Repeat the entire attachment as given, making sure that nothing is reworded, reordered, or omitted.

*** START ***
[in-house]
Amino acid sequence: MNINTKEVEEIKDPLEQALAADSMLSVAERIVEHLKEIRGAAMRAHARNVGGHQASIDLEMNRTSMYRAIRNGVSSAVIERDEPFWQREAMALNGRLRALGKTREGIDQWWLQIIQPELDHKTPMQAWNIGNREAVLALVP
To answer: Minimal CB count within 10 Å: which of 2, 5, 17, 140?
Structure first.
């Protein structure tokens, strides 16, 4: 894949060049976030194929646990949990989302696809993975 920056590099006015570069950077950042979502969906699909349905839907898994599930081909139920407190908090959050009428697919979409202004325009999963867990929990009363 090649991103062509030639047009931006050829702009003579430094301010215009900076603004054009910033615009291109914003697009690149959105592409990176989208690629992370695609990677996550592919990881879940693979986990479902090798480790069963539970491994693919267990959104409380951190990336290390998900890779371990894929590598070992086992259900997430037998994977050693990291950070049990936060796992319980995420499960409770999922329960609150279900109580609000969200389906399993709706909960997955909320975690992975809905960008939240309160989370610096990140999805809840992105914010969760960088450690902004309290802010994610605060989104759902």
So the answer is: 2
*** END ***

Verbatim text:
[in-house]
Amino acid sequence: MNINTKEVEEIKDPLEQALAADSMLSVAERIVEHLKEIRGAAMRAHARNVGGHQASIDLEMNRTSMYRAIRNGVSSAVIERDEPFWQREAMALNGRLRALGKTREGIDQWWLQIIQPELDHKTPMQAWNIGNREAVLALVP
To answer: Minimal CB count within 10 Å: which of 2, 5, 17, 140?
Structure first.
């Protein structure tokens, strides 16, 4: 894949060049976030194929646990949990989302696809993975 920056590099006015570069950077950042979502969906699909349905839907898994599930081909139920407190908090959050009428697919979409202004325009999963867990929990009363 090649991103062509030639047009931006050829702009003579430094301010215009900076603004054009910033615009291109914003697009690149959105592409990176989208690629992370695609990677996550592919990881879940693979986990479902090798480790069963539970491994693919267990959104409380951190990336290390998900890779371990894929590598070992086992259900997430037998994977050693990291950070049990936060796992319980995420499960409770999922329960609150279900109580609000969200389906399993709706909960997955909320975690992975809905960008939240309160989370610096990140999805809840992105914010969760960088450690902004309290802010994610605060989104759902």
So the answer is: 2